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Usually in Unity, when your scripts make changes to something at runtime, those changes are not persisted back to design-time. This is generally considered a good thing. But for whatever bizarre technical reason, this does not apply to shader properties on materials. If you change something while the game is running, it stays changed!

Generally the way to get around this is with a MaterialPropertyBlock, which also helps avoid generating a lot of garbage. But MaterialPropertyBlocks work with Renderers, which leaves out one rather important material: the skybox.

Right now, I have code that says RenderSettings.skybox.SetFloat("_PropName", value);, and it's incredibly aggravating because it always needs to be reset afterwards. RenderSettings doesn't have a SkyboxRenderer property that I can use in conjunction with a MaterialPropertyBlock, so how can I change shader settings on my skybox and make them not persist after I exit play mode?

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  • \$\begingroup\$ The "bizarre technical reason" being the same reason that applies to every asset in your project folder but not in your scene: if you don't instantiate a copy (like the copy of a game object spawned when loading a scene), then you're modifying the original. \$\endgroup\$ – DMGregory Jun 23 at 17:20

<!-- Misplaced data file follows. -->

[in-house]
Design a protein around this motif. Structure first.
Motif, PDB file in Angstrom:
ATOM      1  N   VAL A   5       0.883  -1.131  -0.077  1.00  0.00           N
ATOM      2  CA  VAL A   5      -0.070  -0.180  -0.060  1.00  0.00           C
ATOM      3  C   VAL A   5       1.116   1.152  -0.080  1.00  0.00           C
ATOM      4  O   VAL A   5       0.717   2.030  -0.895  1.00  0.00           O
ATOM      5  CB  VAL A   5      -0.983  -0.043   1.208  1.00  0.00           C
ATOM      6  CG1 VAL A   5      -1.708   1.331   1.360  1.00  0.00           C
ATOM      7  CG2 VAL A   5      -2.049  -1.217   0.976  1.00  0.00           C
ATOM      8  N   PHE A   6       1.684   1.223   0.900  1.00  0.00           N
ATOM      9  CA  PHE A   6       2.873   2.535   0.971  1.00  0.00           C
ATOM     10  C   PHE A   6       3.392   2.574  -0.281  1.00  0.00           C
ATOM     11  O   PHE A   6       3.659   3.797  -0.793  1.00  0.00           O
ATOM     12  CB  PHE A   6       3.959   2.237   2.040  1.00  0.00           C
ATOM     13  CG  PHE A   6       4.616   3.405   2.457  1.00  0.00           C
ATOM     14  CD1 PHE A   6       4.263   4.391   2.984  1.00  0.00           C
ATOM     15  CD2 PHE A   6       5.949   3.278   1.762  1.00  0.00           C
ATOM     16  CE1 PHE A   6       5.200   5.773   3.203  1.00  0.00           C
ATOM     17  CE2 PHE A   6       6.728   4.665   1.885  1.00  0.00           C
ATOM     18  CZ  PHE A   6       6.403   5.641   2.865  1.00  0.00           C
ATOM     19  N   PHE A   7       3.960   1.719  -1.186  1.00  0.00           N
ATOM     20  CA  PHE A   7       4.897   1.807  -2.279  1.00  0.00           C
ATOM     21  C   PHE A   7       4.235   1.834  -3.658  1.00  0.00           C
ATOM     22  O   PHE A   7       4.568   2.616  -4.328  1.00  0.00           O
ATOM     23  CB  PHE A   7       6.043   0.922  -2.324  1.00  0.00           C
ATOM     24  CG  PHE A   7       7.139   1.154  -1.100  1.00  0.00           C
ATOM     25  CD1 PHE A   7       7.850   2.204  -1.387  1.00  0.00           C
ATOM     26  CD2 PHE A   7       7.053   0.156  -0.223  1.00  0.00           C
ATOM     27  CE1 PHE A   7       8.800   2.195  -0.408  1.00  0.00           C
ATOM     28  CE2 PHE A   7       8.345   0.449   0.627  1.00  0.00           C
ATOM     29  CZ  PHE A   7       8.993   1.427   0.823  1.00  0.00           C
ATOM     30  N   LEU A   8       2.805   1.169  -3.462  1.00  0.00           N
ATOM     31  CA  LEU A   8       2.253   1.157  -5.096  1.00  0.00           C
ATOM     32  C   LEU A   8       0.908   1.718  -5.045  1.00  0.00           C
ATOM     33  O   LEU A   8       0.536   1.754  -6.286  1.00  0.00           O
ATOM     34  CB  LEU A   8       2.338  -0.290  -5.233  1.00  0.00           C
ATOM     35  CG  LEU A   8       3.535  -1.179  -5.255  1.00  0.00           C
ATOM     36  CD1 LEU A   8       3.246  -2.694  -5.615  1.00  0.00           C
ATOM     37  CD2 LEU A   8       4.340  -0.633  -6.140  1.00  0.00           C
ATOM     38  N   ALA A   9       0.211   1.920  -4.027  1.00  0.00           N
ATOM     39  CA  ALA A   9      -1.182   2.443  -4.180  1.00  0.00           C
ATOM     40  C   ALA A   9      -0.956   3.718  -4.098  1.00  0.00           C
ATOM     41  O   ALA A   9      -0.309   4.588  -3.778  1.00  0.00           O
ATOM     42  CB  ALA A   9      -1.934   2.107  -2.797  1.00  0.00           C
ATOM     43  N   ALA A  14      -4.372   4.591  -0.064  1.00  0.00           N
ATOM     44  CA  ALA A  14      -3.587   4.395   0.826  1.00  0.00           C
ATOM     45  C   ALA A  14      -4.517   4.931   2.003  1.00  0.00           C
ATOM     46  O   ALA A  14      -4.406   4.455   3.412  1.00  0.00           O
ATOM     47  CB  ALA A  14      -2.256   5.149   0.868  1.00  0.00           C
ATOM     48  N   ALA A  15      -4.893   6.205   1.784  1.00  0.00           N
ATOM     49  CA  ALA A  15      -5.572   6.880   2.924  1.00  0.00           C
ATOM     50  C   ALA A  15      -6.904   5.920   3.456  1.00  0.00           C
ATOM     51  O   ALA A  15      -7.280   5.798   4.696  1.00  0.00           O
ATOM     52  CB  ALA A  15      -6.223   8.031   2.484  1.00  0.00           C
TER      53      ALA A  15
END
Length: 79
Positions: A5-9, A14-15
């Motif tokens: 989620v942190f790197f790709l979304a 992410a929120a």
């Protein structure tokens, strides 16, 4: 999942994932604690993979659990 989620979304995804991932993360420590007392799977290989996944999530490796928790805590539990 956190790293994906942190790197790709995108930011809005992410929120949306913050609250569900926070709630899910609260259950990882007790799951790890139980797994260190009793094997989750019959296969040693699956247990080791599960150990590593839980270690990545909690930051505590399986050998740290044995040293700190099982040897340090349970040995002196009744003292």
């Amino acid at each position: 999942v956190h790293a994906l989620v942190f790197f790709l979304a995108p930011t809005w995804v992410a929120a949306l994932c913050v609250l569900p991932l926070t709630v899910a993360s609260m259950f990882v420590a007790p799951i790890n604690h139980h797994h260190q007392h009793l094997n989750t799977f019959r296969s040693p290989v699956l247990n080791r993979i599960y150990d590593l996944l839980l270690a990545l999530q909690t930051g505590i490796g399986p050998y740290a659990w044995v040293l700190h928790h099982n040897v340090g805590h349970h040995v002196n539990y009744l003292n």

• \$\begingroup\$ @DMGregory I don't instantiate copies of the game objects when I'm loading the scenes. Unity's perfectly capable of taking care of that for me in order to protect the originals. But for some bizarre technical reason, it doesn't do the same for the skybox. \$\endgroup\$ – Mason Wheeler Jun 23 at 17:22
  • \$\begingroup\$ Loading a scene is instantiating a copy. Once you enter play mode you're no longer manipulating the saved scene file on your hard disc, you've spawned newly-created instances of all its contents. \$\endgroup\$ – DMGregory Jun 23 at 17:22
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Presumably you considered doing something like...

Material originalSkybox = RenderSettings.skybox;
Material runtimeSkybox = Instantiate(originalSkybox);
RenderSettings.skybox = runtimeSkybox;

runtimeSkybox.SetFloat(...

...and destroying runtimeSkybox when your game ends?

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  • \$\begingroup\$ No, actually the thought never crossed my mind to Instantiate something that's not a GameObject. Does that even work? Only time I've ever seen Instantiate used is with prefabs. \$\endgroup\$ – Mason Wheeler Jun 23 at 17:25
  • \$\begingroup\$ @MasonWheeler Instantiate really mostly just makes a copy of something. It works with... nearly anything. \$\endgroup\$ – Weckar E. Jul 23 at 18:52

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